Anxiety itself must be the trickiest of feelings. Unlike fear, which is often a temporary condition, anxiety can persist daily. It can worsen and bleed into fear, anger, attachment, detachment, and sadness. It can evolve into feelings such as panic. Panic itself is fairly similar to anxiety, but it lacks anxiety’s subtlety. If anxiety is a whisper in the ears, then panic is a scream. This is where the body suddenly freezes, attempts to escape, or blocks stimulus. This is where I would sit in a hallway for half an hour, unable to bring myself to move or do anything productive. Or maybe it is where I would hyperventilate and try to take in the words of someone attempting to remind me to breathe.
Paranoia, panic’s twin, is yet another direct evolution of anxiety. Paranoia is a whisper, so quiet that I think it is my own voice in my mind. In those moments, I assure myself that they are not my thoughts. The neighbors are not laughing at me this time, the new dog will definitely work out despite her own high anxiety, that one essay or test is going to turn out just fine.
If left unchecked, paranoia and panic can evolve to create a new form of anxiety, the phobia. The phobia has no rules. It has no polite whispers, no gaping jaws to devour me. It has nothingness, a void ready to freeze me in a place where I am beyond fear. Anxiety, left unchecked, has led many to the doors of the phobia, and it has swallowed them all without any form of delight or remorse in such an act. It does not want me to fail like the other anxieties wish for. It wants me to hide and scream myself to sleep.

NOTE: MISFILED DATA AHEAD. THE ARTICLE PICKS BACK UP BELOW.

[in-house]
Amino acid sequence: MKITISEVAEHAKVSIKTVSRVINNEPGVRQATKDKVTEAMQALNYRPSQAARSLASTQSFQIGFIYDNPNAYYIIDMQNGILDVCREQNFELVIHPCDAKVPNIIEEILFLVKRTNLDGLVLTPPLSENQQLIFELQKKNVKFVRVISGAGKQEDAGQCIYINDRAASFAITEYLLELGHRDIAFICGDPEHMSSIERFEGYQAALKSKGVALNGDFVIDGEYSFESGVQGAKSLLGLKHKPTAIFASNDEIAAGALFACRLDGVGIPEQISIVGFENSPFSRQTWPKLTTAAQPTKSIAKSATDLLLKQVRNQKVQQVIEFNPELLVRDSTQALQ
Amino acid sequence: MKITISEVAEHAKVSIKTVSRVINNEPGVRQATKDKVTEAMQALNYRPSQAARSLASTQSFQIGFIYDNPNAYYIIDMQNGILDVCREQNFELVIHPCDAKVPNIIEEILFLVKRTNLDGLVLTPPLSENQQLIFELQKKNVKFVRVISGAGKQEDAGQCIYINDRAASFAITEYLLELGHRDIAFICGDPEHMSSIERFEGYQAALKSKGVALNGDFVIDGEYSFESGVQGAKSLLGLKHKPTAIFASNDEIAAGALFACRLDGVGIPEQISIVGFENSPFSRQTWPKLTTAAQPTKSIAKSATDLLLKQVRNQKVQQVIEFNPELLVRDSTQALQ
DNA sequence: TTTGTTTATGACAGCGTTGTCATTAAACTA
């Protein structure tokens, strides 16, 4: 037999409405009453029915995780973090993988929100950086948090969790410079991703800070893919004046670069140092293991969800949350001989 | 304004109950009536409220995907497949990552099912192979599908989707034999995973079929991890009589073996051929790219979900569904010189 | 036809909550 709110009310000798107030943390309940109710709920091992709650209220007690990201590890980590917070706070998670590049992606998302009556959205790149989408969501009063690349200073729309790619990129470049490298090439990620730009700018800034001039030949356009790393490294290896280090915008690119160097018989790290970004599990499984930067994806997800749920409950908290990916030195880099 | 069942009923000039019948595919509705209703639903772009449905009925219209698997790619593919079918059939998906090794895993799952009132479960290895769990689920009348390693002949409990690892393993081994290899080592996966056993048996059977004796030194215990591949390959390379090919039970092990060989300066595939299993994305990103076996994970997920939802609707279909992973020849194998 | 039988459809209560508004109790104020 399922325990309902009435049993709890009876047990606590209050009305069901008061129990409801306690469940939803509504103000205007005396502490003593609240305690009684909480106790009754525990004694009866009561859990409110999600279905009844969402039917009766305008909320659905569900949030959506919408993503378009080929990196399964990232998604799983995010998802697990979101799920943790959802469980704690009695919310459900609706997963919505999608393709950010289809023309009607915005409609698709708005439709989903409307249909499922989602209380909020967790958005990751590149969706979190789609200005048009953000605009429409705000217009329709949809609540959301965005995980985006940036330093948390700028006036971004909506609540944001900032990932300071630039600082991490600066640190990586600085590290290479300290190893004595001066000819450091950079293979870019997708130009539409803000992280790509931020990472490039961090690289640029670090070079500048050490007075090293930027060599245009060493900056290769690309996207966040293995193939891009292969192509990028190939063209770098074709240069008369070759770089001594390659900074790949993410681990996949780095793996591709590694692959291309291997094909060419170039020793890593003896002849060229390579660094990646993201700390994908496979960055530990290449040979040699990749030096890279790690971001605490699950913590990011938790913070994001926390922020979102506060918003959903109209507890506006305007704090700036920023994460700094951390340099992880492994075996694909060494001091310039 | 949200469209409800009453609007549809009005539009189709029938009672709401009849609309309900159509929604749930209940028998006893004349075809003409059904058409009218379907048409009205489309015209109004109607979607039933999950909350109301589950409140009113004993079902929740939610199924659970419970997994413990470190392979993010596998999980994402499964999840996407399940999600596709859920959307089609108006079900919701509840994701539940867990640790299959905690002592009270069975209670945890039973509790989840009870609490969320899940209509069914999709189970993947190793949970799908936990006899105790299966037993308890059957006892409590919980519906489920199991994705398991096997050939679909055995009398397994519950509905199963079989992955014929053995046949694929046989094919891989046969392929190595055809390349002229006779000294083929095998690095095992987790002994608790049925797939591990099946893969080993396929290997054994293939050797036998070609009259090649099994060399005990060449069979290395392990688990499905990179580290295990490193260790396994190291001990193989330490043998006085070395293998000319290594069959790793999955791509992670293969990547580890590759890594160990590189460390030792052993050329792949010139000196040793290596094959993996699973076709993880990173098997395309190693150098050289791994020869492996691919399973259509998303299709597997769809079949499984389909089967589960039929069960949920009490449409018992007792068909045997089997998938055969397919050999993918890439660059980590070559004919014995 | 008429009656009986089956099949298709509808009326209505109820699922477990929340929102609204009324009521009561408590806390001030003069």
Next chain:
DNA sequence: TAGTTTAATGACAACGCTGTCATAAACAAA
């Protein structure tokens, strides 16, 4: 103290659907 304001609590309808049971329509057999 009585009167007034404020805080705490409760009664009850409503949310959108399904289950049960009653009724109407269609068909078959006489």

My own phobia has dubious origins. My fascinations with parasitic creatures began at an early age, and there had never been any inkling of fear watching the TV specials on various worms or parasitic insects. There was slight irrational anxiety that formed, the simple idea that what if walking around barefoot led to an infestation in my own body? What if I ever wanted to try sushi and wound up with a monstrous tapeworm? What if I took a dip in a river and wound up with brain-eating amoebas? Then there were dreams of things beneath my skin, and suddenly the idea terrified me. The sight of a kissing bug in my home recently left me paralyzed in fear until my fiancé could kill it for me. For weeks afterward the dreams had returned and the idea of going into our backyard at night was impossible.